Every year, over 100,000 injuries and deaths are the result of work-related falls- one of the highest causes of death in the workplace. So, according to OSHA 1926.502, it is every employer’s responsibility to develop and maintain a fall protection program.
Do you know the ABC’s?:
A- Anchorage/Anchorage Connector- Must be capable of supporting 5000 pounds of force per worker.
B- Body Wear- Full-body harness is the only form of body wear acceptable for fall arrest.
C- Connecting Device- the critical link which joins the body wear to the anchorage/anchorage connector.
Fall protection systems- can consist of devices that arrest a free fall or devices that restrain a worker who is in a position that prevents a fall from happening. A Fall Arrest System is employed when a worker is at risk of falling from an elevated position. This type of system consists of the following components:
- Tie-off Point
- Rope Grab
- Shock-Absorbing Lanyard
- Cross-Arm Strap
- Retractable Lifeline
- Full-Body Harness
- Restraining Belt
- Restraining Lanyard
A Positioning System restrains the elevated worker and prevents him/her from getting into a hazardous position where a fall could occur. It also allows hands-free work. These also have the above harnesses or belts, connection devices and tie-off points. However, these systems have limitations and it’s up to the Safety Manager (or other person in charge of training) to discuss them.
Full-body harnesses -wrap around the waist, shoulder and legs. A D-ring located in the center of the back provides a connecting point for lanyards and other fall arrest connection devices. Belts are also used in positioning system applications. They have two side D-rings, and are used only for restraining a worker in position. This type of belt is not used for any vertical free fall protection.
Where do I attach it? Per OSHA 1926.502(d)(17), it must be attached in the center of the wearer’s back, near or above the shoulder level or above the head.
Body Harnesses:These are designed to minimize stress forces on a worker’s body while providing sufficient freedom to perform the work. As of January 1, 1998, OSHA 1926.502(d)(18)stated that Body Belts are no longer acceptable since they would impose internal injuries when stopping a fall.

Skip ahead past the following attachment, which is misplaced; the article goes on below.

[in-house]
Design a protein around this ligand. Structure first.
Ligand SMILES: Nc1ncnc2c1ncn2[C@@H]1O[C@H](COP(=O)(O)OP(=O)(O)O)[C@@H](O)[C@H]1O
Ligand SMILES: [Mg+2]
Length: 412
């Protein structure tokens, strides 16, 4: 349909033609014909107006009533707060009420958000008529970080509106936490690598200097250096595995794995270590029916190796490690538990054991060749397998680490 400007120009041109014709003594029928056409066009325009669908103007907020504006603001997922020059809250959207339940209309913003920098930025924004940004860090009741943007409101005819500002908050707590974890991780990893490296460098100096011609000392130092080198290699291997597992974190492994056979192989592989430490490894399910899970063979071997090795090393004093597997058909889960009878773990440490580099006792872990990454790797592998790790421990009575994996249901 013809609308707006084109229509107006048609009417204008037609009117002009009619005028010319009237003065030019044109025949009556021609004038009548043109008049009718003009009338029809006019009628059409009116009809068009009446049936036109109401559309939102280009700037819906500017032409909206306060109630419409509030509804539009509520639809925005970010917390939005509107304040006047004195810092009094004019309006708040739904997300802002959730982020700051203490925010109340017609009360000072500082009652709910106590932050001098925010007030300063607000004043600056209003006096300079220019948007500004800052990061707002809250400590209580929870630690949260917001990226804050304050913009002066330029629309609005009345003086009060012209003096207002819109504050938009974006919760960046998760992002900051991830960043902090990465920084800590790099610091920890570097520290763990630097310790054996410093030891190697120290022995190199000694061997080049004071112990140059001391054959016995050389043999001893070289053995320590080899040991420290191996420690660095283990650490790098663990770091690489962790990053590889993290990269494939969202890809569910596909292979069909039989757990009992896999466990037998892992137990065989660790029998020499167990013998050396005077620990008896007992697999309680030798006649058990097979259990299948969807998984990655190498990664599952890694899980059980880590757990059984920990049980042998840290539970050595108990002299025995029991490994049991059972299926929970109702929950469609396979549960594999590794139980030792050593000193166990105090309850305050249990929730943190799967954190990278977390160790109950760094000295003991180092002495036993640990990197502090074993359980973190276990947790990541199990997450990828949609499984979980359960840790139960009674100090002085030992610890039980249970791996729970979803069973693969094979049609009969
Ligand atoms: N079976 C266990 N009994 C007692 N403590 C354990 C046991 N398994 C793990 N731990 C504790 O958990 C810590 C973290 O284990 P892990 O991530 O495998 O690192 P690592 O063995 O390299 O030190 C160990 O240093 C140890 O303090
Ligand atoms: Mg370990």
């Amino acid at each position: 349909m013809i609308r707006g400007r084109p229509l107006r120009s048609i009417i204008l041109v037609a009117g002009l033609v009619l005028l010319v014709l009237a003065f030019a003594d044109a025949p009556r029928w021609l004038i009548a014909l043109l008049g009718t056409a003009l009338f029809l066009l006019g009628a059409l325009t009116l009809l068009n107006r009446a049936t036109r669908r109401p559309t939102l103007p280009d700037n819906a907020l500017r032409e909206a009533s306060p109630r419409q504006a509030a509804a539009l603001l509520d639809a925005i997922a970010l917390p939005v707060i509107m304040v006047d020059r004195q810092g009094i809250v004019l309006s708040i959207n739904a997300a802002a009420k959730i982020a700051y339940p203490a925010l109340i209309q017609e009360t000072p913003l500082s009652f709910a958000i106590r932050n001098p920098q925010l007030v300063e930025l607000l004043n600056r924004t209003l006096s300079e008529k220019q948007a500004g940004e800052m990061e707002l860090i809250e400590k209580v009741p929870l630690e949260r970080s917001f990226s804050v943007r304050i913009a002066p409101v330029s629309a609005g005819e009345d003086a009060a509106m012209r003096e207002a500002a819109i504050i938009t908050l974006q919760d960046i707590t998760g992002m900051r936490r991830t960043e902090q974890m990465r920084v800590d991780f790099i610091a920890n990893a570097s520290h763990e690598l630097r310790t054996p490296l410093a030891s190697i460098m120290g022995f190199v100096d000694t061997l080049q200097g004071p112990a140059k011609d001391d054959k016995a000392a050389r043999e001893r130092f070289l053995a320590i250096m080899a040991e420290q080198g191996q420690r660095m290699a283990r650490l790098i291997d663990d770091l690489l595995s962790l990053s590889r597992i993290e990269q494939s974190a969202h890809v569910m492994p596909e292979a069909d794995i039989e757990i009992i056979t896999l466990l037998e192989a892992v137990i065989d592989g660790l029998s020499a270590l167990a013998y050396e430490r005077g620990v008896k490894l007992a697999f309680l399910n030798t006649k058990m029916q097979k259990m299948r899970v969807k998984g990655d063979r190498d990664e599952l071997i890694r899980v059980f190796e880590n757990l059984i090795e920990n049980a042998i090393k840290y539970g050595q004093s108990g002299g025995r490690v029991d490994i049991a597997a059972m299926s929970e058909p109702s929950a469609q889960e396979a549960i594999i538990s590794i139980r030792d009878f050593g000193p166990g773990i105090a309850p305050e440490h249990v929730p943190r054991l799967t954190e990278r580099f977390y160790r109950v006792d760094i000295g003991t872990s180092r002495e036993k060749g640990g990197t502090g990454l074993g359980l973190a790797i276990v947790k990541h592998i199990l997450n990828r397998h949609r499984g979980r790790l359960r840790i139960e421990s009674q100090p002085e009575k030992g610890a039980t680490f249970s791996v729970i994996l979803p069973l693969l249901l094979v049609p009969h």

Vertical Lifeline/Lanyards-Must have a 5,000 lb minimum breaking strength and protect against cuts or abraded.
Self-Retracting Vertical Lifelines/Lanyards- Automatically limit free fall distance to 2 ft. or less and capable of sustaining a 3,000 minimum tensile load when in full extended position.
Horizontal lifelines- Are designed, installed and used under the proper supervision, and are used as part of a complete fall arrest system that maintains a safety factor of at least two.
Webbing- Must be made of synthetic fibers, these are the ropes and straps used in lifelines, lanyards and strength components of body harnesses. OSHA 1926.502(d)(14)
Connectors: Must be made from drop-forged, pressed or formed steel (or equivalent materials), must have a corrosion-resistant finish with smooth surfaces and edges to prevent damage to the system’s connecting parts. These include D-rings and snap hooks.
D-Rings: Must have a minimum 5,000 lb. tensile strength and be proof-tested to minimum 3,600lb tensile load without breaking, cracking or becoming permanently deformed.
Snap hooks- Must have minimum 5,000 lb tensile strength and be proof tested to a minimum 3,600 lb tensile load without breaking, cracking or becoming permanently deformed.
Anchorage- used for attachment of personal fall arrest equipment and is independent of any anchorage being used to support or suspend platforms. Capable of supporting at least 5,000 lbs per employee attached, or must be designed and used 1) under supervision of qualified person or 2) as part of a complete personal fall arrest system maintains a safety factor of at least two. OSHA 1926.502(d)(15)
Don’t let your workers be a statistic- choose Emedco as your One-Stop Safety Source to avoid fines and stay compliant! We have a great line up of fall protection solutions that meet and exceed OSHA, ANSI & CSA requirements such as: Harnesses, Lanyards, Lifelines and Confined Space Training Programs. You’ll find top brands such as: Miller, MSA and Fall Tech that ensure optimum quality, durability and mobility. Also, check out our huge selection of Personal Protective Equipment (PPE) that includes: safety glasses, hearing protection, hard hats, head protection, gloves, protective clothing, ergonomic products (ie wrist, back and knee supports) and much more!.
Submitted by: Donna Kolody/Emedco